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At the heart of the collaboration is the Digital Archaeological Record (tDAR), a widely accessible and growing repository for archaeological reports, data sets, images and other materials in digital formats.
Developed and maintained by Digital Antiquity, tDAR is earning a reputation as the premier online archive for archaeological information. Last fall, the American Anthropological Association officially endorsed its use. Now, the SAA is encouraging its student members and other archaeologists, as well as organizations, that undertake or sponsor archaeological investigations to use it to curate their digital materials.
To encourage good digital curation by young professionals, Digital Antiquity will provide SAA student members with no-cost uploads of three files per year, not in excess of 30 megabytes, for the next four years; that's a $150 value per year.
Digital Antiquity executive director Francis McManamon says that SAA student members are already taking advantage of their coupons.
He is excited by the potential of the formal agreement with the prestigious group.
The SAA boasts upwards of 7,000 members and is devoted to promoting, understanding and protecting the archaeological heritage and resources of the Americas.
All of its members are current or potential partners with Digital Antiquity, which is administratively part of the School of Human Evolution and Social Change in the College of Liberal Arts and Sciences. It is housed in Hayden Library on the ASU Tempe campus.
McManamon says that the range of archaeologists using and accessing tDAR is broad, from late-career academics working to upload the data associated with some of their largest and longest-lasting projects, to graduate students writing tDAR into their data management plans for dissertation or thesis work.
Agencies such as the Bureau of Reclamation and the Air Force are tapping tDAR as not only a long-term preservation and access repository, but also as a management tool for organizing, sharing and disseminating information related to archaeological projects within their purview.
“For archaeological data from the U.S. and most international contexts, there is no viable alternative to tDAR as a disciplinary digital repository,” McManamon explains.
He points out that the Archaeology Data Service at the University of York is a similar entity, but handles only data from the United Kingdom or that which has been created by British researchers. ADS and tDAR have a close working relationship and have partnered on several projects, including the preparation and recent publication of a guide to digital curation, "Caring for Digital Data in Archaeology: A Guide to Good Practice."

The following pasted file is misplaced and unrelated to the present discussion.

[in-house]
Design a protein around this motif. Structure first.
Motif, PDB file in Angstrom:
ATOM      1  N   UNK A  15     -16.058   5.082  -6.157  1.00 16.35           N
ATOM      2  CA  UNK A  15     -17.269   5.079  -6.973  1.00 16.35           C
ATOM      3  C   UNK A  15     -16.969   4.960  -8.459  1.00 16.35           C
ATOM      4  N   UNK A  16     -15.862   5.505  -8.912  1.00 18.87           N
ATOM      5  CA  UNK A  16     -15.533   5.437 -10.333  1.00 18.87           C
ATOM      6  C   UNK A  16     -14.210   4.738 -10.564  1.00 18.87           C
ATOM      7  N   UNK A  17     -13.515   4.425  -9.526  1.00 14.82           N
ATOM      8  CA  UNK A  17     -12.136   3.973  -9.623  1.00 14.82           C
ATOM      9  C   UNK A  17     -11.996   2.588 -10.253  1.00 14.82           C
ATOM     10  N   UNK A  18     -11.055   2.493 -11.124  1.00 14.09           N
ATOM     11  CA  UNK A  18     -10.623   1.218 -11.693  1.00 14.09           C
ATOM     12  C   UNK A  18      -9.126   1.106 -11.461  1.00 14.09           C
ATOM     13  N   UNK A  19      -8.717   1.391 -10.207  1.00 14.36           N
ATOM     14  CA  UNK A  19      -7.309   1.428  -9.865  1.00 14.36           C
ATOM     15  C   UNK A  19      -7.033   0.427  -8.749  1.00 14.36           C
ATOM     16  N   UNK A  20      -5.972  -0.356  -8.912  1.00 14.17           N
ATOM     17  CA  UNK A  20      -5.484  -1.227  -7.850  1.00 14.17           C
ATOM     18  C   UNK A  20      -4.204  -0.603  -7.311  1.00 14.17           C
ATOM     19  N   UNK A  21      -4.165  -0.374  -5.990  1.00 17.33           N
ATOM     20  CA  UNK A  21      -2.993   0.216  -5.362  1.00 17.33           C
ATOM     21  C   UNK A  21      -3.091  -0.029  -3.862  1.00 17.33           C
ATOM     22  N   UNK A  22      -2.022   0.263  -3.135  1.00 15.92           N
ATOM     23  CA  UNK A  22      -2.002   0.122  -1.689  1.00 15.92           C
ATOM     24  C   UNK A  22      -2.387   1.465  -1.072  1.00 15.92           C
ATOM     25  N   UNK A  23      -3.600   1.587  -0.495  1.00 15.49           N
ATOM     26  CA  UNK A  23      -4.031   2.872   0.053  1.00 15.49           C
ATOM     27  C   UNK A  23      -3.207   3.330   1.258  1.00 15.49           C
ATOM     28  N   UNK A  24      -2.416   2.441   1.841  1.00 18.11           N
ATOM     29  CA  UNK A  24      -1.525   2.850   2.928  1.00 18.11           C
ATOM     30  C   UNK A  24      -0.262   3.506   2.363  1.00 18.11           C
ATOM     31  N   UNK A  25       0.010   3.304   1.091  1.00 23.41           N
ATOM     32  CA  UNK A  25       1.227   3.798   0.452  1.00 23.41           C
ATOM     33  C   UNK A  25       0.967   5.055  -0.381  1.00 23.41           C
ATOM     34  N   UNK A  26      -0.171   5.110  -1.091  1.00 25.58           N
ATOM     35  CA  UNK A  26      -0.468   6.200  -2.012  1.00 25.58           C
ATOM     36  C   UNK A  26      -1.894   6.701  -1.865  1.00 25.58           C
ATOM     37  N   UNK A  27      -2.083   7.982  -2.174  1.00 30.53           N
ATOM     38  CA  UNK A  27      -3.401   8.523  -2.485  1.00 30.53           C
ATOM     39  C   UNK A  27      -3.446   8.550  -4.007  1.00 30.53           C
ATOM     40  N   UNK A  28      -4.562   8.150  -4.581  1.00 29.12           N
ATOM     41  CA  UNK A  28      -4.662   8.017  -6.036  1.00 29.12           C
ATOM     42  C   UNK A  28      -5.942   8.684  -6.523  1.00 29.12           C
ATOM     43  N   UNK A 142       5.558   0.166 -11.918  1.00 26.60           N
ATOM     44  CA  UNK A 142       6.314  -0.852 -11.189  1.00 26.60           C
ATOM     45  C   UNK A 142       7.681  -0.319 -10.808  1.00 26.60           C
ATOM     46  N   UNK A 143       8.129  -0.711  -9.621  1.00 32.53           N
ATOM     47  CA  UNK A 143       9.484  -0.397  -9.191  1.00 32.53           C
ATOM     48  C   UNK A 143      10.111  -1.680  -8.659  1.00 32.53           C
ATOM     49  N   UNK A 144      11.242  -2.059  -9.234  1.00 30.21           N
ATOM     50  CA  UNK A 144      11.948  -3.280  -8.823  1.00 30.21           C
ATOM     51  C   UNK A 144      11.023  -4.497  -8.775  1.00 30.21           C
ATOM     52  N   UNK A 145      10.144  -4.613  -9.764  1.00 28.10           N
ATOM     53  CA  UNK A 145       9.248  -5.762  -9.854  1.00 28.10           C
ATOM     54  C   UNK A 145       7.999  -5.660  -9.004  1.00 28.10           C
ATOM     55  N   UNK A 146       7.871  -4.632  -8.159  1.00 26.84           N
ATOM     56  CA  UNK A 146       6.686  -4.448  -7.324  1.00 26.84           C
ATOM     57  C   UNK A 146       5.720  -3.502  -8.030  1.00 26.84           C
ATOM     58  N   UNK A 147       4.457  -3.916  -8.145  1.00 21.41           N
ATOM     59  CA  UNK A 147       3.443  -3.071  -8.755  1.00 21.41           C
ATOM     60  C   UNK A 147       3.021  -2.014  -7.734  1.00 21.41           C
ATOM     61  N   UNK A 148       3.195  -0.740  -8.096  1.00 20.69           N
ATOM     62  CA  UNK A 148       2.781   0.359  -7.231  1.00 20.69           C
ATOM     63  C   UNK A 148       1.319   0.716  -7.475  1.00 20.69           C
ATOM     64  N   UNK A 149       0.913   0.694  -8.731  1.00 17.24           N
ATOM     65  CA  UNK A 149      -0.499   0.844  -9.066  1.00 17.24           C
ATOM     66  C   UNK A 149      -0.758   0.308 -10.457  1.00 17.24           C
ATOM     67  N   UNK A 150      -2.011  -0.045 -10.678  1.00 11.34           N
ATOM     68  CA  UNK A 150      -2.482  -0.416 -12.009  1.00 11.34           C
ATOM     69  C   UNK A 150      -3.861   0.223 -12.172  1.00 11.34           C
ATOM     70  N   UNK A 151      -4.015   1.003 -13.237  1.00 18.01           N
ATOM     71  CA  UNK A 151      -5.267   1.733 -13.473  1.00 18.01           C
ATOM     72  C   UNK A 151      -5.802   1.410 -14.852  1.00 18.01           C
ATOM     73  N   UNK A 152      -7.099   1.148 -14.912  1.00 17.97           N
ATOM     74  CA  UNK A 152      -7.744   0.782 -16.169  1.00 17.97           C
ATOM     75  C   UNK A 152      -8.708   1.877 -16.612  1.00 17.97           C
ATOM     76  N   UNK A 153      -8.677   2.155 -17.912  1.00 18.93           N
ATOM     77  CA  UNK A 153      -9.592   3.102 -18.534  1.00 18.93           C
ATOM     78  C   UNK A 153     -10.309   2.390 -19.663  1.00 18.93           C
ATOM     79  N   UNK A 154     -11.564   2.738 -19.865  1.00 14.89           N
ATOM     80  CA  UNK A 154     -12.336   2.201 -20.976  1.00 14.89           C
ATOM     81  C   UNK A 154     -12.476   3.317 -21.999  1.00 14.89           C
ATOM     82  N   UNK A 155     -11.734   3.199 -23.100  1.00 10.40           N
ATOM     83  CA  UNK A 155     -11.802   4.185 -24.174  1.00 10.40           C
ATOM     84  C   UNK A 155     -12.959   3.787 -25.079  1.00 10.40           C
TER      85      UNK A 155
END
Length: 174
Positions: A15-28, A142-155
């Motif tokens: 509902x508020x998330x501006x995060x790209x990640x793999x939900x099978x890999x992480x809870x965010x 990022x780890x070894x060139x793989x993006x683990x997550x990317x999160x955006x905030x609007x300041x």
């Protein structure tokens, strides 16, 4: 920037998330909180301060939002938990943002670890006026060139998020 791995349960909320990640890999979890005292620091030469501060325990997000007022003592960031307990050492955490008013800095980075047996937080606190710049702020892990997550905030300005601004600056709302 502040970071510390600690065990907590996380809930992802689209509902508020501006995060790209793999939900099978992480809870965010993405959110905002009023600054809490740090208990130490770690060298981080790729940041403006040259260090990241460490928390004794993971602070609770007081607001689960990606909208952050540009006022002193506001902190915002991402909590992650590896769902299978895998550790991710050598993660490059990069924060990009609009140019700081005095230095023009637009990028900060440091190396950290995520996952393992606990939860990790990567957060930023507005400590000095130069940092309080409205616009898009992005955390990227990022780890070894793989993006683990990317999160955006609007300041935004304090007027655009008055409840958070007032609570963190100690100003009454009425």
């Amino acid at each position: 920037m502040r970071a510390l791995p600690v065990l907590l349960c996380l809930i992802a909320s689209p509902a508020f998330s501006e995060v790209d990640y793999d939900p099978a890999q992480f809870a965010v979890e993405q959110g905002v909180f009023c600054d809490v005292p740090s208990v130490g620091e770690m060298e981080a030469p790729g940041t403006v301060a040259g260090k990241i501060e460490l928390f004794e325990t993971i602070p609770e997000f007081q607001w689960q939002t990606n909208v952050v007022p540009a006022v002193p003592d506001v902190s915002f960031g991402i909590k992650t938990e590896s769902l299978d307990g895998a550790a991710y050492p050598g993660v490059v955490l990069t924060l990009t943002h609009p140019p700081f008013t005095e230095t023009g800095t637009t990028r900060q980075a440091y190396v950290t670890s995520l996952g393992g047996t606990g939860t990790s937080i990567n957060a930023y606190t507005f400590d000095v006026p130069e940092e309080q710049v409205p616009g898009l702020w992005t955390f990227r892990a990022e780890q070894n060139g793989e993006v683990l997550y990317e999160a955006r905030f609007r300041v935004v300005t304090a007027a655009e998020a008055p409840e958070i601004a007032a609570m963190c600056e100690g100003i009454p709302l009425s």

The two organizations also have an extensive set of web pages with additional general and technical information describing various means of ensuring accessibility and preservation of different kinds of archaeological digital files and digital formats.
tDAR’s composition continues to grow as archaeological collections are born or move into the digital age via its portal.
Current holdings include the recovery of imperiled data from years of archaeological investigation of Pueblo Grande, one of the Americas’ most important archaeological sites; the Kennewick Man reports and related documents archive; and the materials from the Dolores Archaeological Program, a massive investigation in the Four Corners area that continues to serve as a source of new research related to social upheaval and environmental change a millennium ago.
Cultural resource management firms are forming partnerships with tDAR to use it as the preservation repository for archaeological data produced during field projects.
“CRM firms, public agencies, trade publishers and individual archaeologists are electing the tDAR option because it is more efficient to archive their work in tDAR for easy management and preservation than to build their own internal structures that replicate its features and require additional expert staff to maintain it,” says McManamon.
Also, talks are underway with several statewide agencies and museums regarding how tDAR can serve as the ‘digital annex’ for their physical collections and paper archives.
McManamon sees digital curation as not only the way of the future, but a powerful tool for deciphering humanity’s history. He adds, “Making digital data about archaeological resources and derived from archaeological investigations, research and resources accessible is crucial for improving understanding of past human adaptations and important developments and events.”